Taipei, July 5 (CNA) Several Uyghur representatives on Friday called attention to the plight of Uyghur Muslims living in the supposedly autonomous region of Xinjiang in China as they marked the 10th anniversary of major ethnic riots in the region.
"Today, nearly 3 million Uyghurs are detained in China's concentration camps. The prelude to this is what we called the 'July 5th Urumqi Massacre,' which resulted in the disappearance of many Uyghur people," Japan Uyghur Association Chairman Ilham Mahmut said at press conference in Taipei.
Ilham may have been referring to an estimate made by Randall Schriver, the head of Asia policy at the United States Department of Defense, in early May.
He said Chinese Muslims were being imprisoned in "concentration camps," and justified the term "given what we understand to be the magnitude of the detention, at least a million but likely closer to 3 million citizens out of a population of 10 million."
Ilham, who is also the World Uyghur Congress' representative for East Asia and the Pacific, said the world's failure to denounce China's role in the 2009 unrest sent Beijing a dangerous message that "it will not be stopped regardless of what it does around the world."
He was referring to large-scale riots between the minority Uyghurs and the Han Chinese majority that took place in Urumqi, the capital of the Xinjiang Uyghur Autonomous Region, on July 5, 2009.
According to the World Uyghur Congress, a Munich-headquartered international organization representing the interest of Uyghurs in East Turkistan and abroad, the unrest was triggered by the government's inaction over the deaths of several Uyghur workers in a Guangdong toy factory the previous month.
China's official data suggest that 197 people died in the ethnic violence, among them 134 Han Chinese, while more than 1,500 people were injured. However, the Uyghurs believe more people from their ethnic group died in the conflict.
Many faced trials following the unrest. A 2009 report by the New York-based human rights group Human Rights Watch found that 43 Uyghur men and teenage boys had forcibly disappeared after the protests and were detained by Chinese security forces.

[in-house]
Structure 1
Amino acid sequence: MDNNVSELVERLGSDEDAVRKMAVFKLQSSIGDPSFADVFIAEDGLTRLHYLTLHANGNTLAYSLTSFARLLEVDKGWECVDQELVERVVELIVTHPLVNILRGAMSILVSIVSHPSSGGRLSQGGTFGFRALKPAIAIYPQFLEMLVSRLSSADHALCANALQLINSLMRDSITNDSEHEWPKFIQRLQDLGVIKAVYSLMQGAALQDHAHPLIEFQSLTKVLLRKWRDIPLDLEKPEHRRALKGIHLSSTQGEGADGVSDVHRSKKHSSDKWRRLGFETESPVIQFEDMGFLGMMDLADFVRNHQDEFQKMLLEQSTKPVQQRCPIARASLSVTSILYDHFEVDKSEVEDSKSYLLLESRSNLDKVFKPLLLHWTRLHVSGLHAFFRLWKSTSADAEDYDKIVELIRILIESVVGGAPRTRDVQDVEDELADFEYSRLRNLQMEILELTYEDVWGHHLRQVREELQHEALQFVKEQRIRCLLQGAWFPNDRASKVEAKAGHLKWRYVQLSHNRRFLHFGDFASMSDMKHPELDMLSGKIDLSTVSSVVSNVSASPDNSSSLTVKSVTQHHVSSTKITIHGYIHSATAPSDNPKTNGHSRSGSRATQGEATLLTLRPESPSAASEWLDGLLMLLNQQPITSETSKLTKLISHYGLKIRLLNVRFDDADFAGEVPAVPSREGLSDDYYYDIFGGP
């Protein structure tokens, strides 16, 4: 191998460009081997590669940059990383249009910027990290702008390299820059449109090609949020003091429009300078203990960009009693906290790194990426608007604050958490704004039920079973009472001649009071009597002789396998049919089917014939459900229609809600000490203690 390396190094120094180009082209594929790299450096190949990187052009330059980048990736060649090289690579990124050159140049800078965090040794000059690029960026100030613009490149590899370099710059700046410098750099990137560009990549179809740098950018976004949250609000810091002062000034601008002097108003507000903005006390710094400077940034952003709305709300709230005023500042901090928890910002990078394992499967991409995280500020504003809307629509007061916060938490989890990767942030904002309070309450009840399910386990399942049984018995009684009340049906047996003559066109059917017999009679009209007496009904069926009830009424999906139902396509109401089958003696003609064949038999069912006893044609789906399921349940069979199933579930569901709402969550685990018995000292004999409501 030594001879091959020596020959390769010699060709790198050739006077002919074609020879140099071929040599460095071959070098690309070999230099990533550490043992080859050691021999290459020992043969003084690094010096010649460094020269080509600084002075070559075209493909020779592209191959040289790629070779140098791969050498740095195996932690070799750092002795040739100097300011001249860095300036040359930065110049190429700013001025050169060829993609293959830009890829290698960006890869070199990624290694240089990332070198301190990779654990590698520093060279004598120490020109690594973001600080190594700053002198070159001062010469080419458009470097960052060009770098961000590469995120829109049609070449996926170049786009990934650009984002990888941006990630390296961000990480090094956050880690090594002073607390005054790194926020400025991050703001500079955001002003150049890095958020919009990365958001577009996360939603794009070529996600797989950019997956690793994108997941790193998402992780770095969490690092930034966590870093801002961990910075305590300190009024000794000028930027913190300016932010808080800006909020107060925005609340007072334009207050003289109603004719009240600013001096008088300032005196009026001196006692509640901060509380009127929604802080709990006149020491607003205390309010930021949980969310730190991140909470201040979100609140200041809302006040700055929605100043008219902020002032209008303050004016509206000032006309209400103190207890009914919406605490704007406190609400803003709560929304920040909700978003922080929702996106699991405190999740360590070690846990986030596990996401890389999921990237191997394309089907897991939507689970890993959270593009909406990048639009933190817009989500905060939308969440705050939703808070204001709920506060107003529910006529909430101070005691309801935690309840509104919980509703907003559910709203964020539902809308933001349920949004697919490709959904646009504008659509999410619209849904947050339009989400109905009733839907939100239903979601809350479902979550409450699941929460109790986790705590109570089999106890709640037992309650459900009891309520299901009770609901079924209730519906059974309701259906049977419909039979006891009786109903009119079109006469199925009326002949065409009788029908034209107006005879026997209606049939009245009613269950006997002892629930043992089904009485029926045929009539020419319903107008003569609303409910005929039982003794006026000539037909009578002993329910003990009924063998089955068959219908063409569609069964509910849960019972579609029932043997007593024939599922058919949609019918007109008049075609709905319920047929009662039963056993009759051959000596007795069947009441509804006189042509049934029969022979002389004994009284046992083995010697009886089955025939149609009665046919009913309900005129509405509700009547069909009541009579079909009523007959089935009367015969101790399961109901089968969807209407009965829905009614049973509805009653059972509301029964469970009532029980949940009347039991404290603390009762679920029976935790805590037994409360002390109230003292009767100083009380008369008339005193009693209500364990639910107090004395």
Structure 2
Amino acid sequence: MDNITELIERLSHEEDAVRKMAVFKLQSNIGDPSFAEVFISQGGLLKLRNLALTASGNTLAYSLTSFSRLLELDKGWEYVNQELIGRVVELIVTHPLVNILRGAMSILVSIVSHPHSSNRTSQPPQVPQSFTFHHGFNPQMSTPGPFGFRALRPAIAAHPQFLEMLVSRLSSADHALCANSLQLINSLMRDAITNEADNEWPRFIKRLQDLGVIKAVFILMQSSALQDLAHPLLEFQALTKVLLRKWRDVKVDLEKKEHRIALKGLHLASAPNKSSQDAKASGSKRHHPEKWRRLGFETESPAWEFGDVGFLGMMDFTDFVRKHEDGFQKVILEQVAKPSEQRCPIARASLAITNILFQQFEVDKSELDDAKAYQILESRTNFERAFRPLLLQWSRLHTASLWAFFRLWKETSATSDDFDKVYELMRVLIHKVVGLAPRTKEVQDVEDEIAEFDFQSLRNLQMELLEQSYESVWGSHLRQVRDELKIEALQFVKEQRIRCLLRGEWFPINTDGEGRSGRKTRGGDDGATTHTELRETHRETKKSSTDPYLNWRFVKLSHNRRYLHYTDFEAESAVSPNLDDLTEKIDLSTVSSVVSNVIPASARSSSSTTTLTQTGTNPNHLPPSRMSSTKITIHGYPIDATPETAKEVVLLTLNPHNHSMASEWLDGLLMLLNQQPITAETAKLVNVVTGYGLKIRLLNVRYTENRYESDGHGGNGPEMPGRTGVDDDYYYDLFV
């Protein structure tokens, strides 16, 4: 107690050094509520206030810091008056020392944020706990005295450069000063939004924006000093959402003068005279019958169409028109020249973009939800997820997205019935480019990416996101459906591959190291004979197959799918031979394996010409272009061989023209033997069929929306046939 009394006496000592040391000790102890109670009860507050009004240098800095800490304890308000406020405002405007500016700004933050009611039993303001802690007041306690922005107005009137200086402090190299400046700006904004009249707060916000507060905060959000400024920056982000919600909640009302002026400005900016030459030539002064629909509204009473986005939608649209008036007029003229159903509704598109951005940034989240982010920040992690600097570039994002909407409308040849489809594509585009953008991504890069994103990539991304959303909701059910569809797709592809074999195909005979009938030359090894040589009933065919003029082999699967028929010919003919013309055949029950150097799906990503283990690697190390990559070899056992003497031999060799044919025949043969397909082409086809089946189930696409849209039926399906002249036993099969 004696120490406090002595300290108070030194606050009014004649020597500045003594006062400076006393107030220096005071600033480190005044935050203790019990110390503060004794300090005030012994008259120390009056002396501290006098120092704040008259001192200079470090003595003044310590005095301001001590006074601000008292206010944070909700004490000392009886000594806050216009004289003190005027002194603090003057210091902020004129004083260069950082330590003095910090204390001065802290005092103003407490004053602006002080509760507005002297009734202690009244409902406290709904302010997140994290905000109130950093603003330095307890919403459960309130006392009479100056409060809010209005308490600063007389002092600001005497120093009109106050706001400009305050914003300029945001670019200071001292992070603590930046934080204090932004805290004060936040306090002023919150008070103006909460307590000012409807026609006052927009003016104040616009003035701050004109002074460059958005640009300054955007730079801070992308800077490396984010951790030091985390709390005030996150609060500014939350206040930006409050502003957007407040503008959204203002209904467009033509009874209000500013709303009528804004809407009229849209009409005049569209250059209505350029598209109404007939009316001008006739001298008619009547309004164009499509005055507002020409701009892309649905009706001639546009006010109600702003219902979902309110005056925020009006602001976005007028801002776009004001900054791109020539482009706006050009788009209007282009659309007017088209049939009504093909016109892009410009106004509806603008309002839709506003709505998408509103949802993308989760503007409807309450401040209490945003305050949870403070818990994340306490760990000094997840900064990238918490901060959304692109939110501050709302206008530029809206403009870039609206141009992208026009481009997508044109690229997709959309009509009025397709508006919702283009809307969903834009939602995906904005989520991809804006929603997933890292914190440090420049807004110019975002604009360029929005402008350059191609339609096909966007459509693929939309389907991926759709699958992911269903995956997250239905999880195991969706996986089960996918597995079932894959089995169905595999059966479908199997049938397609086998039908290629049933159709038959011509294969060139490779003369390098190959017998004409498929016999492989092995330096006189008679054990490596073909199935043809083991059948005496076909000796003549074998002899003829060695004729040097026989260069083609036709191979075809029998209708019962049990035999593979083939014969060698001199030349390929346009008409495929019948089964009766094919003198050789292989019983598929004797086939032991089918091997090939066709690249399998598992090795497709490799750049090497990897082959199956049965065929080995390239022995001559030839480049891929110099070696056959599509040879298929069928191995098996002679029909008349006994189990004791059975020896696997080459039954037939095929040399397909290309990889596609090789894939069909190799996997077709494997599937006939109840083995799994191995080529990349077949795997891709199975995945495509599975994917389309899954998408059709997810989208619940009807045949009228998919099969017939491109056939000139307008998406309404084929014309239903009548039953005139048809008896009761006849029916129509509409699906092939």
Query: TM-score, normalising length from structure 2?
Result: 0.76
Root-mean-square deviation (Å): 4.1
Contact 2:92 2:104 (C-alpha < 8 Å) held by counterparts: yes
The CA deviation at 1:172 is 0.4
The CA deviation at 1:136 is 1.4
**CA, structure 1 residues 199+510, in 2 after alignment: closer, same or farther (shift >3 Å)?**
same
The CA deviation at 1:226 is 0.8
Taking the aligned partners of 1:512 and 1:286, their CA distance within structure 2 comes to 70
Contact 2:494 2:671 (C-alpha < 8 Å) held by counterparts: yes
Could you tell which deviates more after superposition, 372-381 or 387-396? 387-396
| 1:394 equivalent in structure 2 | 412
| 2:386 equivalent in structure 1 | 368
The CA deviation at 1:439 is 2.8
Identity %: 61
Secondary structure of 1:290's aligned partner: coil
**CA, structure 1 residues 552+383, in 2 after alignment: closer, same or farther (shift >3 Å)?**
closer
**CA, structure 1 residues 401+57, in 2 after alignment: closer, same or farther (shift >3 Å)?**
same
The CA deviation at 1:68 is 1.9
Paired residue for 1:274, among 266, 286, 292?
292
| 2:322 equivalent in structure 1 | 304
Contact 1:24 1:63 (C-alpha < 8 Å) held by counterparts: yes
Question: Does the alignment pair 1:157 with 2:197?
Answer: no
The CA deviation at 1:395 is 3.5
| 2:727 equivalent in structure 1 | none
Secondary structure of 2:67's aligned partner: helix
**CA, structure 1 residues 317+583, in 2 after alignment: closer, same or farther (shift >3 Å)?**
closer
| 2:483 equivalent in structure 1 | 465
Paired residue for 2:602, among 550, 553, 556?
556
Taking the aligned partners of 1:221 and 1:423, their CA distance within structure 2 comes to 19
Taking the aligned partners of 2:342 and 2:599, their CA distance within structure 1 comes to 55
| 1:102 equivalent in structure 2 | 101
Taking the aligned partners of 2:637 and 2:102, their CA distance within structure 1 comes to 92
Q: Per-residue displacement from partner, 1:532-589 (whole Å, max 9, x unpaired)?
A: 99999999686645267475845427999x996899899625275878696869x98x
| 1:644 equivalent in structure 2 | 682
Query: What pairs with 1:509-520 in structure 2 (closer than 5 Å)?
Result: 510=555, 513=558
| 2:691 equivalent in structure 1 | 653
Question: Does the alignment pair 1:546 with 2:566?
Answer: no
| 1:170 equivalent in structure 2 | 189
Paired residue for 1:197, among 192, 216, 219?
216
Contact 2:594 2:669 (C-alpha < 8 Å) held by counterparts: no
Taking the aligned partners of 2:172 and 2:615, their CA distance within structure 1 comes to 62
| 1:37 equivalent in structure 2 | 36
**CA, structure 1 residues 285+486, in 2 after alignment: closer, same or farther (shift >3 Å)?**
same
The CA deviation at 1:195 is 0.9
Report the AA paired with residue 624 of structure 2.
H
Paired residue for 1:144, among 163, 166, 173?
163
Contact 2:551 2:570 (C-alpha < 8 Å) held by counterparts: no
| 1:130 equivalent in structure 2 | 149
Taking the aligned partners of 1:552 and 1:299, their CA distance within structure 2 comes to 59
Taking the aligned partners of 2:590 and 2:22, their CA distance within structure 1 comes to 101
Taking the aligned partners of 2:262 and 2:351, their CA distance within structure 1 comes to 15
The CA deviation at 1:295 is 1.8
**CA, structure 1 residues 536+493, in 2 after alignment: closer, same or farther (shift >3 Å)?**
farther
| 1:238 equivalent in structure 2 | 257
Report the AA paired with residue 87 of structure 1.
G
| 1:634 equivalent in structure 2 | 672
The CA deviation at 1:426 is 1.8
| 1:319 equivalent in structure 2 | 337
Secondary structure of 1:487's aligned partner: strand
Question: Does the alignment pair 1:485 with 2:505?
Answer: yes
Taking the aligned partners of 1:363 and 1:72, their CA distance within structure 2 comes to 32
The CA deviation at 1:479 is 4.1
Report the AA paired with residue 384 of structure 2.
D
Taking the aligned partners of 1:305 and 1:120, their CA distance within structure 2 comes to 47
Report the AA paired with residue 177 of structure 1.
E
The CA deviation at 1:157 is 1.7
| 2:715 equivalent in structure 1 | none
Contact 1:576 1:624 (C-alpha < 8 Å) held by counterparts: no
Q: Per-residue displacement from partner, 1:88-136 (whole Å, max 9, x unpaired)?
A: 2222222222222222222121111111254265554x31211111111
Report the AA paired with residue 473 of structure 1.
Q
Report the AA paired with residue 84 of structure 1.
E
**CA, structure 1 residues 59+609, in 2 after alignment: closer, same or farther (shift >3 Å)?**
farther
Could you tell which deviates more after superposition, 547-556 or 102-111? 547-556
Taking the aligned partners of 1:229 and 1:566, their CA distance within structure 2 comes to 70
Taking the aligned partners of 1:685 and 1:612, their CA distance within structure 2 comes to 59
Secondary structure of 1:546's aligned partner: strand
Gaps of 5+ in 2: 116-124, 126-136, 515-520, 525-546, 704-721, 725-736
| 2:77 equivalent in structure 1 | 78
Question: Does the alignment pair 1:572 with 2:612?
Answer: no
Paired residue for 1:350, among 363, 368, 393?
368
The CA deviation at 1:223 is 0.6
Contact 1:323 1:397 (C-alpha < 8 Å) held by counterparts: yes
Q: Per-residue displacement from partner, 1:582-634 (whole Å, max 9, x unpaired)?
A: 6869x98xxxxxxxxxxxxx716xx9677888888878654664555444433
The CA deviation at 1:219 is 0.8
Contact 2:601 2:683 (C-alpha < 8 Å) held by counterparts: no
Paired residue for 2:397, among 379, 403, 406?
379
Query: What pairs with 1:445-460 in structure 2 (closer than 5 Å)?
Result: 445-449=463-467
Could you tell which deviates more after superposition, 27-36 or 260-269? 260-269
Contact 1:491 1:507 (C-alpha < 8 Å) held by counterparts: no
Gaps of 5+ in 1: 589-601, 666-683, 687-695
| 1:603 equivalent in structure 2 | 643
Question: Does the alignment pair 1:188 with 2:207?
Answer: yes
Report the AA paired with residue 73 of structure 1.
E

Paul Lin (林保華), chairman of the Taiwan Friends of Uyghurs, said a major cause of the ethnic unrest was the Chinese government's long-term attempt to "Sinicize" Uyghurs, whether through having more Han Chinese move into Xinjiang or bringing young Uyghurs to work in China's coastal cities.
In recent years, Uyghurs have been either sent to what the Chinese government terms "re-education camps" or forced to accept Han Chinese government workers sent to live in their homes to monitor them, Lin said.
"It is unfortunate that not only Western countries who claim to care about human rights have stayed quiet, but also Islamic states who share the same faith as Uyghurs," he said.
Chen Yi-ting (陳奕廷), director of the ruling Democratic Progressive Party's (DPP) Department of Social issues, said deceit and violence are the two common tactics China has employed to deal with not only the Uyghur ethnic group, but also Tibet, Hong Kong and Taiwan.
"Taiwan's civil society, political parties and media should therefore work to let Taiwanese and people from other parts of the world know about what is truly happening inside China," Chen said.
Lawyer Ho Chao-tung (何朝棟), a Taiwanese, said he and dozens of other people who are concerned about the plight of the Uyghurs are working to establish an association, called the Taiwan East Turkistan Association, to raise public awareness of the issue in Taiwan.
The association is likely to be officially formed later this month at the earliest, Ho said.